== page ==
Navajo Nation teacher joins first lady Jill Biden in talk about education during COVID-19
HUNTERS POINT, Arizona — A Navajo Preparatory School teacher received a unique experience on April 23 when she moderated a discussion between first lady Jill Biden and students from the Navajo Nation.
Lesley Tohtsoni, U.S. History instructor for the school's International Baccalaureate Diploma Programme, was one of two teachers who joined Biden and five high school-aged students to talk about education during the coronavirus pandemic.
The talk at Hunters Point Boarding School kicked off the first lady's second day on the Navajo Nation.
"It was a pretty exhilarating experience. It's a great honor to be in her presence. As an educator herself, she's very interested in how the students across the reservation dealt with the pandemic and virtual learning in their situations and in their communities," Tohtsoni said in a telephone interview after the discussion, which was closed to reporters.
Biden is a professor of writing at Northern Virginia Community College.
"I try to visit schools and teachers and students wherever I go because I want to learn your journey. I want to learn more about you and what you are doing and your hopes and aspirations and where you'll go from here," the first lady said before the discussion.
Tohtsoni explained that Biden put the students at ease, and they were candid when talking about difficulties in learning during the pandemic, including feelings of isolation, being away from friends and relying on poor internet service on the reservation.
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The pandemic has exposed the inequity of internet access in communities across the country, Tohtsoni said.
"On days like this, with the wind, it plays havoc with a student's ability to connect with their peers and with their teacher," she said.
According to Tohtsoni, Biden talked about improving internet accessibility as part of a proposal by the Biden administration to rebuild the country's infrastructure and reshape the economy.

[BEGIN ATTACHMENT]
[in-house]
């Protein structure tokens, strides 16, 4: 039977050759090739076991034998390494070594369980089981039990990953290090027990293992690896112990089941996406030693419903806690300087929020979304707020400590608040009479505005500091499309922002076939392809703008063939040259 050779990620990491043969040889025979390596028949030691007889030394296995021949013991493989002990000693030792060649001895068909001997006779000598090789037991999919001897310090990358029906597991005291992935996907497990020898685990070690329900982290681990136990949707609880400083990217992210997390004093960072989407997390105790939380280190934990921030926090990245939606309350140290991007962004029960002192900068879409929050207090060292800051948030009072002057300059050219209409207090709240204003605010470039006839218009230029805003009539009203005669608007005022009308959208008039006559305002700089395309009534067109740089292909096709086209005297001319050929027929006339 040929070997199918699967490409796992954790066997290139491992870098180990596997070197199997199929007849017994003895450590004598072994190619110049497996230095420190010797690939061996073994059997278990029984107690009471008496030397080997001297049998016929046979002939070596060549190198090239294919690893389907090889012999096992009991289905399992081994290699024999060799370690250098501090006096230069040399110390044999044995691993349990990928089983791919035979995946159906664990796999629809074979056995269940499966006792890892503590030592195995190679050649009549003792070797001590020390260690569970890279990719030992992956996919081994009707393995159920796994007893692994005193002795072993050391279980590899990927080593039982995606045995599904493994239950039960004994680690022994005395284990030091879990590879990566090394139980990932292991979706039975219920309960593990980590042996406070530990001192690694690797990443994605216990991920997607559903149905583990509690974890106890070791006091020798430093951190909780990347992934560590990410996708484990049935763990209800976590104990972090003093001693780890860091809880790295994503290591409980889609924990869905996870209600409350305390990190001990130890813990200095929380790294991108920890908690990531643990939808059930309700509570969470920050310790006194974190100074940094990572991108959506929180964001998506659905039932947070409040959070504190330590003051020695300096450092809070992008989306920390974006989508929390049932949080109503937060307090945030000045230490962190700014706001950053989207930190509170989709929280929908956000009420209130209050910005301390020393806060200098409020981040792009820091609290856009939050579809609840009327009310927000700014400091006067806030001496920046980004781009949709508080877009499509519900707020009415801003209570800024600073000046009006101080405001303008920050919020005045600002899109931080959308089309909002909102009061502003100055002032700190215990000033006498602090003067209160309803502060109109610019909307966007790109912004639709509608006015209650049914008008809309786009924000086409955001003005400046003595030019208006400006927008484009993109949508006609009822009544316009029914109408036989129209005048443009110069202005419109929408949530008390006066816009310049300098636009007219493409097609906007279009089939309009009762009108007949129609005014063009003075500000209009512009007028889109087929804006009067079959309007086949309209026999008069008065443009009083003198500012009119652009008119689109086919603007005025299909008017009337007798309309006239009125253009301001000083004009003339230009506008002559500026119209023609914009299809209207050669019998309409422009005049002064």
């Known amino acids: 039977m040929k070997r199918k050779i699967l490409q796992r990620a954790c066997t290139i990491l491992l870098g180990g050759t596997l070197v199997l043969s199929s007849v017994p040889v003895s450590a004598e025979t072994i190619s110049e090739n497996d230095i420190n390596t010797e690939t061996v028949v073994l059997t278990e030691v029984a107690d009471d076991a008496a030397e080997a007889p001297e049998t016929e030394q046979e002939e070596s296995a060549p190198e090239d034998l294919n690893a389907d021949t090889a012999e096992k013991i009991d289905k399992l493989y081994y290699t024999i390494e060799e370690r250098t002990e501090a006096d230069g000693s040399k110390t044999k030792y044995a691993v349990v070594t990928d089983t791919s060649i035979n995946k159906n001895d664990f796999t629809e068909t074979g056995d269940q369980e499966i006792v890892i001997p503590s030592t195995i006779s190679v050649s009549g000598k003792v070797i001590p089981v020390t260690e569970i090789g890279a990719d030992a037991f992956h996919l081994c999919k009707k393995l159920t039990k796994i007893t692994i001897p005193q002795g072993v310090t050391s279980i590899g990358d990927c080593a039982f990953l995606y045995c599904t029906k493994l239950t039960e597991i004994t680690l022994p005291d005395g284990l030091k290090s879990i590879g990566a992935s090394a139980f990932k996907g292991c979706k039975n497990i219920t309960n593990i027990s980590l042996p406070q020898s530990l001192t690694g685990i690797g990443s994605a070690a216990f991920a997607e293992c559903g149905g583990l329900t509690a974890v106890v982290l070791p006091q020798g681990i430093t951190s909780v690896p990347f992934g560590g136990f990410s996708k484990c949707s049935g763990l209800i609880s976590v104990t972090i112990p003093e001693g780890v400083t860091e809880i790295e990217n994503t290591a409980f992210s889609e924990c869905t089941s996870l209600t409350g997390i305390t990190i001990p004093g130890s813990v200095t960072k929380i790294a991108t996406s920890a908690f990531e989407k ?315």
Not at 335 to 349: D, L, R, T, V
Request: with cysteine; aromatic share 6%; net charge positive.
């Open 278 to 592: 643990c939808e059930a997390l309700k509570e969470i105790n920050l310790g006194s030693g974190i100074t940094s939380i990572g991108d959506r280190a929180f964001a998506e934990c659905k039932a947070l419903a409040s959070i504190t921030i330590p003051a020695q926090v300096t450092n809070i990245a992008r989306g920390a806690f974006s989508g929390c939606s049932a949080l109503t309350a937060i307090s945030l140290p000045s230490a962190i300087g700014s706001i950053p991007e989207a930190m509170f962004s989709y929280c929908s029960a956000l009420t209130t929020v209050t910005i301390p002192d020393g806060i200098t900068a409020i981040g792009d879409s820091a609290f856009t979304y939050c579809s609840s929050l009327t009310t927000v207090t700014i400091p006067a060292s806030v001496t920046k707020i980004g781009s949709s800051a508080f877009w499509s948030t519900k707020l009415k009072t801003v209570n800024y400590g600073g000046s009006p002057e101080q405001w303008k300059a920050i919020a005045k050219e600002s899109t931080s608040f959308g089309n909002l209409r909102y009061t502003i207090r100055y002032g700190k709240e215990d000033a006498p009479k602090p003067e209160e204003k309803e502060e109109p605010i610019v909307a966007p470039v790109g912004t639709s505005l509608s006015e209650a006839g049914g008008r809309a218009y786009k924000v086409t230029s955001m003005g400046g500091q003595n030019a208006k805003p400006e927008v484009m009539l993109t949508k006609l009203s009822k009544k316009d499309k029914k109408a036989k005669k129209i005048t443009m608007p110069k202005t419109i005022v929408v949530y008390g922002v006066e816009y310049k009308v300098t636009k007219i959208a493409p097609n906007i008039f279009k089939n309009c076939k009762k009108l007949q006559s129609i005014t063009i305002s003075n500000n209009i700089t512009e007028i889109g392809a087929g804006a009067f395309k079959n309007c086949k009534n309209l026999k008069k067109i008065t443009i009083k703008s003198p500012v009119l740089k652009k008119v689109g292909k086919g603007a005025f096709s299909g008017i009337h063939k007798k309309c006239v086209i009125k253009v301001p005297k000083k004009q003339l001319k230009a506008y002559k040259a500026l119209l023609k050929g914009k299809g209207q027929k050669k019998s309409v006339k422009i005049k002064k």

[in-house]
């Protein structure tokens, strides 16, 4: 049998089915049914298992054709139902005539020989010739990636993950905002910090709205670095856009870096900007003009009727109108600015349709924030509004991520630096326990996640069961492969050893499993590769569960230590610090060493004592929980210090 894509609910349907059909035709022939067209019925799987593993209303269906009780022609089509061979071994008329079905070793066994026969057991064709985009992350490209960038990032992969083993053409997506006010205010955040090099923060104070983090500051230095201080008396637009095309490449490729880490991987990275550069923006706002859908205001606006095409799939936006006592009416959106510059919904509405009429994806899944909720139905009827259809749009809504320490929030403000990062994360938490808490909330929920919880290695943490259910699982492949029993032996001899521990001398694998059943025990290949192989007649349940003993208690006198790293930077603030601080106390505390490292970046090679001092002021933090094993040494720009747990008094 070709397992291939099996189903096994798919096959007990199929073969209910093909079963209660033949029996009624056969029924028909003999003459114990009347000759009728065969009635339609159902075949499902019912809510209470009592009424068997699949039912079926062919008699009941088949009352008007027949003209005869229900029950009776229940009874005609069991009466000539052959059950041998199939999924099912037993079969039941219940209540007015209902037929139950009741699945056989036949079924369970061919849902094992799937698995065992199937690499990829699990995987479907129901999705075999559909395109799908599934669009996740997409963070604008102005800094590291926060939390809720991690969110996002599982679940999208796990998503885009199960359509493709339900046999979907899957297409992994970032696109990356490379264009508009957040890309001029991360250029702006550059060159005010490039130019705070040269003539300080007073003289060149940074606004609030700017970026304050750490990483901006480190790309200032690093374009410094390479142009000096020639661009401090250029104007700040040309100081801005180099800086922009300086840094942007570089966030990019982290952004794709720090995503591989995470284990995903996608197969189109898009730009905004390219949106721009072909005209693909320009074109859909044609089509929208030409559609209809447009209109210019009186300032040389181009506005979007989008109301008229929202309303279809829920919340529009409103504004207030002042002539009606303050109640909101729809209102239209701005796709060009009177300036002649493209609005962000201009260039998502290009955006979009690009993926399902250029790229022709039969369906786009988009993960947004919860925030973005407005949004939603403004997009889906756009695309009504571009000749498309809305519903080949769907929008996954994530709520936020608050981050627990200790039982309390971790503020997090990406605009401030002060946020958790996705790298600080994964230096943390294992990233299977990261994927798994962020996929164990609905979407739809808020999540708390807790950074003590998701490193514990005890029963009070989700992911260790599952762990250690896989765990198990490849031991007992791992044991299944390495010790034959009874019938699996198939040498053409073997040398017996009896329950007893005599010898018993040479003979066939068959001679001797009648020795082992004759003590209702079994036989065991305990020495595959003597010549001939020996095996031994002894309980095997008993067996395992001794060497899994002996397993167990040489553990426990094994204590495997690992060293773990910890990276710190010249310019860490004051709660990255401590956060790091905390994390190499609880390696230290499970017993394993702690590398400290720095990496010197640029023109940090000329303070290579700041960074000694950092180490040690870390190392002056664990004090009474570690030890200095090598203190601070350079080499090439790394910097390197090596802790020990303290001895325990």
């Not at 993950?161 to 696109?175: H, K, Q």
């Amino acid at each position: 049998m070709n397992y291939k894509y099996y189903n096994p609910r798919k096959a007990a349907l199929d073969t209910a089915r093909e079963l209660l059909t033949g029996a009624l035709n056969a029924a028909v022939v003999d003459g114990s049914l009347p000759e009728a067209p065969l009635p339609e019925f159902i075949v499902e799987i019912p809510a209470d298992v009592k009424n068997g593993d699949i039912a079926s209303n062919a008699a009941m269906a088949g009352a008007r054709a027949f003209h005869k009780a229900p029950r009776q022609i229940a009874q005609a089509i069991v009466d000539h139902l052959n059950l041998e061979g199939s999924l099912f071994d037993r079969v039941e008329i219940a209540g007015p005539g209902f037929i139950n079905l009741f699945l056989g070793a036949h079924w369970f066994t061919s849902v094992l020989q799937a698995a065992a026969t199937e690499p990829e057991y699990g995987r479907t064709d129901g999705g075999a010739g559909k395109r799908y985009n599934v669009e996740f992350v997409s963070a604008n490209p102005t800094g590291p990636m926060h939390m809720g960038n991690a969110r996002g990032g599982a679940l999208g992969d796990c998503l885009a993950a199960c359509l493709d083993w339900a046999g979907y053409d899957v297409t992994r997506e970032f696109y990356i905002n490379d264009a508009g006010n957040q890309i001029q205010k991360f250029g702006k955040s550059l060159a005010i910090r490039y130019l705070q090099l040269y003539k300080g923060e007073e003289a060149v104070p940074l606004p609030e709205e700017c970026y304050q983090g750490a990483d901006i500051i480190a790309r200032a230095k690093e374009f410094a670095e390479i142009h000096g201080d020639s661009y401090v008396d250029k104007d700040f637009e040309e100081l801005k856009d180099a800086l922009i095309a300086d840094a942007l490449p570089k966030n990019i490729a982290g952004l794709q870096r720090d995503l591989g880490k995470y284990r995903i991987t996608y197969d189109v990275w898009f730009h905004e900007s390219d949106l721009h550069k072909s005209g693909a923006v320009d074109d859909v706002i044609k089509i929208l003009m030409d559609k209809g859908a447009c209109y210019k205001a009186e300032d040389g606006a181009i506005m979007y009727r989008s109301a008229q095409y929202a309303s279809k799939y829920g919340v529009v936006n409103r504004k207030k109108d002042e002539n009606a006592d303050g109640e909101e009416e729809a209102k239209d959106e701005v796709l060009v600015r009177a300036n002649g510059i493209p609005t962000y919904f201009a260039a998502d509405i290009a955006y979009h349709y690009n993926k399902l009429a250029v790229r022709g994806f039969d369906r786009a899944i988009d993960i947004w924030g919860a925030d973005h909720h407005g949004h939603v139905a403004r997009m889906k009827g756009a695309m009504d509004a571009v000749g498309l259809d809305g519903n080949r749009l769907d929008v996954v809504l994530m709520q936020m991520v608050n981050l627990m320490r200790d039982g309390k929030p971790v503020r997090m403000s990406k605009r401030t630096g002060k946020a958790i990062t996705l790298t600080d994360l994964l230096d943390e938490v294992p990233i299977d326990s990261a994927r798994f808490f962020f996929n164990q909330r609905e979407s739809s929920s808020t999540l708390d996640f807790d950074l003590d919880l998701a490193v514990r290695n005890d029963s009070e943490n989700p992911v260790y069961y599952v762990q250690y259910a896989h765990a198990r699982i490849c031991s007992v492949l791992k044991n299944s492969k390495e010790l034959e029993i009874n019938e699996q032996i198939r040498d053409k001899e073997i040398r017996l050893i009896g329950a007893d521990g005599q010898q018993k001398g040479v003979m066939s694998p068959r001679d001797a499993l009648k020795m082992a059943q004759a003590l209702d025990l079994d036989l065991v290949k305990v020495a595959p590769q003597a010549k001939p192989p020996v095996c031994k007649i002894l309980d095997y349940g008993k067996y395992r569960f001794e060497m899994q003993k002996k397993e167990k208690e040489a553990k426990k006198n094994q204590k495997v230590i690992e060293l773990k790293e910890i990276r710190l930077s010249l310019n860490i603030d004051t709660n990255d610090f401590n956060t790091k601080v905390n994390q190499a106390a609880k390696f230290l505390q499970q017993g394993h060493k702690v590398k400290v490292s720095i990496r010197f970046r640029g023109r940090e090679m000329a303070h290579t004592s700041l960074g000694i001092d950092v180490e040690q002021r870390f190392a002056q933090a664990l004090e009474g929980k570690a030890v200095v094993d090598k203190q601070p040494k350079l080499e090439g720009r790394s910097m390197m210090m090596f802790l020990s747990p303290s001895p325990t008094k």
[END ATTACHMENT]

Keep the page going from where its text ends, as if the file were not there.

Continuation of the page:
The first lady also learned about the students' outlook after high school. Three seniors participated in the discussion, and all are college bound.
"Their goals and what they hope for was pretty amazing. The pandemic – sure it set them back – but they weren't hiding in their rooms. They were going to move forward with their education," Tohtsoni said.
Biden met with students and teachers for an hour and a half. Before the discussion, she told the group that she was texting with her students that morning because they have final exams.
Her students, like those in the room, have seen their personal lives and education affected by the pandemic.
"It's been different learning over Zoom and trying to connect and feel that sense of community that, I think, teachers create in classrooms," Biden said.
Her trip wrapped up with a visit to Tséhootsooí Medical Center in Fort Defiance, Arizona, where she learned about the hospital's response to COVID-19 and commended the work of front-line workers.
Biden exited the motorcade carrying two boxes of cookies for the group of employees gathered in front of the facility.
"Thank you to all the front-line workers," she said.
Noel Lyn Smith covers the Navajo Nation for The Daily Times. She can be reached at 505-564-4636 or by email at email@example.com.
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